Monday, June 15, 2009

Interesting census projection analysis by Dr. Marty Wiseman

I just found a fascinating blog dubbed Mississippi: Census 2010. I now follow it every way possible and highly recommend it to anyone interested in the upcoming census and what it will mean for politics in Mississippi going forward.

Today, they've posted a piece from MSU's political guru (and father of Starkville mayor-elect Parker Wiseman) Dr. Marty Wiseman. Dr. Wiseman figures that, since the population of the Delta is down, and the populations of GOP stronghold counties like Rankin, DeSoto, and Madison have increased, that the MSGOP will benefit:

So, at this point, what do these numbers mean? First the lines are already being drawn in the battle of the respective parties to save seats for the partisan debates ahead. The Democrats by virtue of their majority position should have somewhat the upper hand, at least as far as the House is concerned. But the census numbers are clearly working against the Democrats on their home turf. The 44% population increase in DeSoto County makes it the 32nd fastest growing county in the nation, and in Mississippi that is seemingly a big gain for the Republicans. Thus, as things currently appear the numbers alone would portend a shift in several districts from Democratic leaning to Republican leaning.

The problem with Dr. Wiseman's idea is that population growth in historically GOP-leaning counties doesn't automatically equal more Republican voters in those counties. I don't have any numbers to support this, and perhaps Dr. Wiseman does, but from my personal observations, the areas of Rankin and Madison that were once havens for white flight (and thereby GOP voters) are now substantially more demographically complex.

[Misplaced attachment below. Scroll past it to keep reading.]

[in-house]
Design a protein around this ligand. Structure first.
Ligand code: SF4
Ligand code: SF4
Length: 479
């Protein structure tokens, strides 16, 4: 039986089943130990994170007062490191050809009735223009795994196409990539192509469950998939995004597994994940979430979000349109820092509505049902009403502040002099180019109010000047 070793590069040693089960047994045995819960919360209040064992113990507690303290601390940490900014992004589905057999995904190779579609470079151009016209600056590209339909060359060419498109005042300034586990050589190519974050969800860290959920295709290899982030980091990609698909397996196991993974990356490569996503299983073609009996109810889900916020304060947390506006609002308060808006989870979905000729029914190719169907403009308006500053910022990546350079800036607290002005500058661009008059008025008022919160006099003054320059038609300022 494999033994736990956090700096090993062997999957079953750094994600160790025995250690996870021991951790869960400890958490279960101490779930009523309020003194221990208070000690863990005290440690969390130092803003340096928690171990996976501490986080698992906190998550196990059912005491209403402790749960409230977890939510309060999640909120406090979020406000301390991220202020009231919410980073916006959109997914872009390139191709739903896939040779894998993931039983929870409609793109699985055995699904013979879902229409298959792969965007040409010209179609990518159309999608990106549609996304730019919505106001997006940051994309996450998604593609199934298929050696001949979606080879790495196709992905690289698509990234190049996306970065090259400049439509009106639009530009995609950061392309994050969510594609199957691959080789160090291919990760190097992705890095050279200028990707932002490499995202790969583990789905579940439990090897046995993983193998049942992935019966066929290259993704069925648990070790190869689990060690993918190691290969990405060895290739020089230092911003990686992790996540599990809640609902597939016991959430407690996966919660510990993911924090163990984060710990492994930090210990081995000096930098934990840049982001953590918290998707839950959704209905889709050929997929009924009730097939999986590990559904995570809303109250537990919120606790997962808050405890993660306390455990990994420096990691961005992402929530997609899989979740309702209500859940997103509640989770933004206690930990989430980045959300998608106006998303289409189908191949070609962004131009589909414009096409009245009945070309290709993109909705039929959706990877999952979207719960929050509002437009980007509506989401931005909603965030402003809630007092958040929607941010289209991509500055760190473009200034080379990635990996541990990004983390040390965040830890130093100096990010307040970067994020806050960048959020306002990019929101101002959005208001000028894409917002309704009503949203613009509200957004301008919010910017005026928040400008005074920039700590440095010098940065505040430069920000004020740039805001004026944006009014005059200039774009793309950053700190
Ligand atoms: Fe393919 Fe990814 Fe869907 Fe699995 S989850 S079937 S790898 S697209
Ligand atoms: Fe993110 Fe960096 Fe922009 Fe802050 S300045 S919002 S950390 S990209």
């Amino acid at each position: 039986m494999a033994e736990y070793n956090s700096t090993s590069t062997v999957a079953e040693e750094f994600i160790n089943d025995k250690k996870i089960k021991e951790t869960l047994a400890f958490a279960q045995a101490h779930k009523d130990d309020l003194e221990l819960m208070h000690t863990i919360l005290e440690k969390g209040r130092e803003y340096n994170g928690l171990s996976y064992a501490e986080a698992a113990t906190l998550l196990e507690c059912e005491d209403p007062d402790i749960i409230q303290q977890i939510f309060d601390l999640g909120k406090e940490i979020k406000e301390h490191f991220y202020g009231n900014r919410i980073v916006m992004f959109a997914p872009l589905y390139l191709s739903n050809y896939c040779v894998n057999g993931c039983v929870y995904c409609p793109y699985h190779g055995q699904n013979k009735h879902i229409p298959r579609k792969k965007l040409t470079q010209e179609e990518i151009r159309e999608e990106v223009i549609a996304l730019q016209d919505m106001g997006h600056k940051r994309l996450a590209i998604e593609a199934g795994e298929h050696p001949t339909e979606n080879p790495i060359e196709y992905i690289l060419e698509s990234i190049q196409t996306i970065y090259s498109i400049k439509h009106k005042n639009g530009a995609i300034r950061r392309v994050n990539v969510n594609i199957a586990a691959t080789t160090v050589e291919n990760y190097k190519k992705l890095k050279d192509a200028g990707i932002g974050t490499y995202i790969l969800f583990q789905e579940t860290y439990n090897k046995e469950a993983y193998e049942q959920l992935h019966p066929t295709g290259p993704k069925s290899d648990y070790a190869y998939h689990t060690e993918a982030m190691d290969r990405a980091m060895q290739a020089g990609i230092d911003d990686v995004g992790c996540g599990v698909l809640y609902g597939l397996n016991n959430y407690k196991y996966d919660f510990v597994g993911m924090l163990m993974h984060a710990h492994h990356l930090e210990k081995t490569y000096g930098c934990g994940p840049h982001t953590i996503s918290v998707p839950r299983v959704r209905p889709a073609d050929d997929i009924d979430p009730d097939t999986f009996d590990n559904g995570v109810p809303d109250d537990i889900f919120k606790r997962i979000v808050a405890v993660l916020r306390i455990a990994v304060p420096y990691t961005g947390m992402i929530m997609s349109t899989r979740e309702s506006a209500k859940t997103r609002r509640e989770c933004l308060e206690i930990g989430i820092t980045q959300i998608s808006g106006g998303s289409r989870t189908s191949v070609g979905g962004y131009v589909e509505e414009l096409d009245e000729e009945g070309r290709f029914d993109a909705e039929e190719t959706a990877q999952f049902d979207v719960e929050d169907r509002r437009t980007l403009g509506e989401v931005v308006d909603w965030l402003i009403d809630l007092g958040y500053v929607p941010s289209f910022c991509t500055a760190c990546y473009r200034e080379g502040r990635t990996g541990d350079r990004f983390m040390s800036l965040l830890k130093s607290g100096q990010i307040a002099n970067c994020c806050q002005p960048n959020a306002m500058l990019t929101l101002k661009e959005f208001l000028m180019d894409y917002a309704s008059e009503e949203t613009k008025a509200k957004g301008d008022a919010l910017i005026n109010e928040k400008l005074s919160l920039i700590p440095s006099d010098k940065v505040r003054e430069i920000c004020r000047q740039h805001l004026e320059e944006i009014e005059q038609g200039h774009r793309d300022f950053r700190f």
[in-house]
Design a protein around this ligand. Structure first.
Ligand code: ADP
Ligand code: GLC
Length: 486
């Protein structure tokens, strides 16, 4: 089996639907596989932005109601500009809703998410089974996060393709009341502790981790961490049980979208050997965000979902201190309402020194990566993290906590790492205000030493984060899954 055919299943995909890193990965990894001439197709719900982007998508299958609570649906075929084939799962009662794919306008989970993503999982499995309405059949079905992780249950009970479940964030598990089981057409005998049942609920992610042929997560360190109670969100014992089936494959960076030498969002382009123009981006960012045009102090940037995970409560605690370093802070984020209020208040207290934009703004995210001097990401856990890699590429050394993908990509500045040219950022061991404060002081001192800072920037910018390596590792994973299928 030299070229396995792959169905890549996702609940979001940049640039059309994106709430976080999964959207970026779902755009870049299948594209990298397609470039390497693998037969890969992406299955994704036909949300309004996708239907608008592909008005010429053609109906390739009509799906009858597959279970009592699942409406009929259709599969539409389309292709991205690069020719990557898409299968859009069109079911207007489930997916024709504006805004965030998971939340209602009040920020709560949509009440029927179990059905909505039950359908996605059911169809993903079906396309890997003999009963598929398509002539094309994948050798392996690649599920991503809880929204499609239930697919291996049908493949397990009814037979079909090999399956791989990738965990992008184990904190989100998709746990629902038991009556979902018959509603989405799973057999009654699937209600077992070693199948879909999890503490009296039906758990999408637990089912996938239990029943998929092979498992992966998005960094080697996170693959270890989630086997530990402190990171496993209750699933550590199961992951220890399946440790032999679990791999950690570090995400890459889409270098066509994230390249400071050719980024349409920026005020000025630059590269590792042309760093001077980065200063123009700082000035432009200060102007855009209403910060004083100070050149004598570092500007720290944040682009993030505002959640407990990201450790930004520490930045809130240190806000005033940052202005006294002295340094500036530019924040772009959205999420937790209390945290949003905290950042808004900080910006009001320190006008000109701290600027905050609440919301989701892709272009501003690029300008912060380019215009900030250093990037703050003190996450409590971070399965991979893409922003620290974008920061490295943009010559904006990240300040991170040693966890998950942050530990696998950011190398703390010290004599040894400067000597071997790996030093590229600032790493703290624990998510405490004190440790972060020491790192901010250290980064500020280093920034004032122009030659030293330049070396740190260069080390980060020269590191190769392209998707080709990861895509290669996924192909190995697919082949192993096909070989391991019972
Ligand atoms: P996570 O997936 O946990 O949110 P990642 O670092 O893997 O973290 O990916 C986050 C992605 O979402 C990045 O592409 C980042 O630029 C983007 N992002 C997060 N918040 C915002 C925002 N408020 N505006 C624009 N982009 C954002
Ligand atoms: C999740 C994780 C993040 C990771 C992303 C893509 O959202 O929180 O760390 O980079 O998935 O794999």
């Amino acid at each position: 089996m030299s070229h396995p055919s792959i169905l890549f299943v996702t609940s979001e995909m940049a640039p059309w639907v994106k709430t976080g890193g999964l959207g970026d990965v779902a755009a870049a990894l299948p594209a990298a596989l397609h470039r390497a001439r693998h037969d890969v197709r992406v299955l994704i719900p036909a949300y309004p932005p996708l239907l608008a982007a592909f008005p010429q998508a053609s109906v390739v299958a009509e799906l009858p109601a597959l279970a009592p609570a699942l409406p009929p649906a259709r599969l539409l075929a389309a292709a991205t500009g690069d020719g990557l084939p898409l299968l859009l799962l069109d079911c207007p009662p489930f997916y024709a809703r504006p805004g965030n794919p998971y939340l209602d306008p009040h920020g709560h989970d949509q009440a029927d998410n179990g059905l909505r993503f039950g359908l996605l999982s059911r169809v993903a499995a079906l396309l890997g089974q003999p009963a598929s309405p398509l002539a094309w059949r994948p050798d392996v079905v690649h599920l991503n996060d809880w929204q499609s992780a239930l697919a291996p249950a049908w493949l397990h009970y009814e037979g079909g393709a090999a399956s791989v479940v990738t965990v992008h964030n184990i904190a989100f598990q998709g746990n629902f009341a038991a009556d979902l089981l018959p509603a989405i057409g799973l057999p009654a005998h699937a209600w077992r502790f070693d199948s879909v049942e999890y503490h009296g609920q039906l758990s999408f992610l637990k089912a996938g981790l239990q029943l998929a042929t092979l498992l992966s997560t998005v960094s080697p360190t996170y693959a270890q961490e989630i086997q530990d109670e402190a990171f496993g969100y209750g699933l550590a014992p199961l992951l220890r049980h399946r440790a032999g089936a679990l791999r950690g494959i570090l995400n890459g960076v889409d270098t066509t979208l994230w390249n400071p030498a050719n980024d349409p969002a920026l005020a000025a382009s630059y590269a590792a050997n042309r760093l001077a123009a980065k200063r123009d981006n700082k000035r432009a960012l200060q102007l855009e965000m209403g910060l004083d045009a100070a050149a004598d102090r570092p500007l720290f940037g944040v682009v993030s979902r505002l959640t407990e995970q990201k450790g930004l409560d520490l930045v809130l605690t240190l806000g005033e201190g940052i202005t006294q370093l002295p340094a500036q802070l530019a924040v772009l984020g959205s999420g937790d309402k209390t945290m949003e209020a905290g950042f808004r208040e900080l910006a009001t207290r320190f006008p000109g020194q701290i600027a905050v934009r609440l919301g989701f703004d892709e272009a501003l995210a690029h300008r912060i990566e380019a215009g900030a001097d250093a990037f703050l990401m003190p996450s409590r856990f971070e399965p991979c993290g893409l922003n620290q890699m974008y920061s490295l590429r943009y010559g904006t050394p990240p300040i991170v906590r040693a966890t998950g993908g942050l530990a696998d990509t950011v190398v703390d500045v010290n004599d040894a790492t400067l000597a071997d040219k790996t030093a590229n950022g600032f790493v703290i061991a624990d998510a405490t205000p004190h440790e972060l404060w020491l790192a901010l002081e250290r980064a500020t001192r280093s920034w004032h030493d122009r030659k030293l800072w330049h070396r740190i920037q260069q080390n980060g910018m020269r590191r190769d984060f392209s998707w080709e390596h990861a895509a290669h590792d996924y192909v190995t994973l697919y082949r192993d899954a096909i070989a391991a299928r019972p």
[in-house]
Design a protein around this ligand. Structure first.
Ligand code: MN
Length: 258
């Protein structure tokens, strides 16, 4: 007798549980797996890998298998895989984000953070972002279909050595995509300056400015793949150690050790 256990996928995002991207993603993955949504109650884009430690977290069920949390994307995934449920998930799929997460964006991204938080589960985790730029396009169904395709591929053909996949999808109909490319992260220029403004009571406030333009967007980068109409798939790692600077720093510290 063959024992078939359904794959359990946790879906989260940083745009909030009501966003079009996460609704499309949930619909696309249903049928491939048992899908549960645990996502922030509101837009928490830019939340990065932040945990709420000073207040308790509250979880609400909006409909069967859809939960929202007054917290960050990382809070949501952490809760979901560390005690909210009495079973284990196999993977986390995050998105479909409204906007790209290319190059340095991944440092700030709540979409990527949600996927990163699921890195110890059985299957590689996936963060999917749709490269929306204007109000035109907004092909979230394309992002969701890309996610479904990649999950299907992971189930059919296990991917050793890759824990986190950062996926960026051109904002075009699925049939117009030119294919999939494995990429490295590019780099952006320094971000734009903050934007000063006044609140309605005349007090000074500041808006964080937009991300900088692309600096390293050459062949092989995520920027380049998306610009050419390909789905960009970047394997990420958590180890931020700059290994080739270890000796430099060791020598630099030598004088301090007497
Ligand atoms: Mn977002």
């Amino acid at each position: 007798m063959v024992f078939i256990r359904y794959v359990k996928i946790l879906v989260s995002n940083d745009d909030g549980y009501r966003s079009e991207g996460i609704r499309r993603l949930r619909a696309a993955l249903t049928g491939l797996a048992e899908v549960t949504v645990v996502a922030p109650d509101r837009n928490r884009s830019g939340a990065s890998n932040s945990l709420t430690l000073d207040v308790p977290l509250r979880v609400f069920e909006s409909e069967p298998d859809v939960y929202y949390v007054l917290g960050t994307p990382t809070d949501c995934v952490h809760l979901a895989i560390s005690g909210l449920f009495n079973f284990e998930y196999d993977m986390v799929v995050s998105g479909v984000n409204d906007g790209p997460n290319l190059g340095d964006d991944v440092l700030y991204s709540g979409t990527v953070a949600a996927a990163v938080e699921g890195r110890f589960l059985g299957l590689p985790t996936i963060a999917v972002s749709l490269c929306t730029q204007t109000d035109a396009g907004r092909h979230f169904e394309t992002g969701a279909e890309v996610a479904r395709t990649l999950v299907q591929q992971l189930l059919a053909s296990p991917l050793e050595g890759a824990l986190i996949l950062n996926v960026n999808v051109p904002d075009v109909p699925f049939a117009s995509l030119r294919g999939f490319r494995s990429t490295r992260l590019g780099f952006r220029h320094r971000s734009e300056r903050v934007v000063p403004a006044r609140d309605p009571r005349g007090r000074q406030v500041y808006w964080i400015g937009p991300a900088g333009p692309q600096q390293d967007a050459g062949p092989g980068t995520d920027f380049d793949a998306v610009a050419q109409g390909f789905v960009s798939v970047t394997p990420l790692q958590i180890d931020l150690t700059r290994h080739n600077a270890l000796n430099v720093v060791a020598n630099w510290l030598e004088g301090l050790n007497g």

There is one area where Dr. Wiseman is dead-on, however:

If the current philosophical battles over the budget are any indication, the war to come over the partisan makeup of the legislature for the decade of 2011 to 2021 will be one for the ages.



Anonymous said...

In at least the last 3 statewide elections Madison + Rankin have cancelled out Hinds and put net votes into the columns of GOP candidates. The city of Jackson is on track to lose at least another 12,200 in population (HindsCo will lose -3900) this decade which will make the effect even more pronounced. Wiseman's intuition is more likely the scenario that will play out than your own.

nmisscommenter said...

Wiseman is certainly right about DeSoto County.

Jim Craig said...

Matt, your basic concept is correct. Mike Murphy, a Republican strategist, wrote for TIME magazine this week that demographic change is altering the geography of what used to be considered GOP "strongholds." His essay is excellent reading.

Madison and Rankin County may be Republican country today, or even tomorrow, but watch for the libertarian attitudes of Generation Next to clash with the social conservatism of the Mississippi GOP. Also, don't be surprised if areas of Rankin and Madison County become home to Hispanics working in the poultry trade.

Anonymous said...

C'mon Jim. Get real. The Hispanic population in 2008 is pegged at 1.5% in Madison County and 1.9% in Rankin. You'll be dead and gone before they've got the numbers to even ever-so-slightly budge the needle.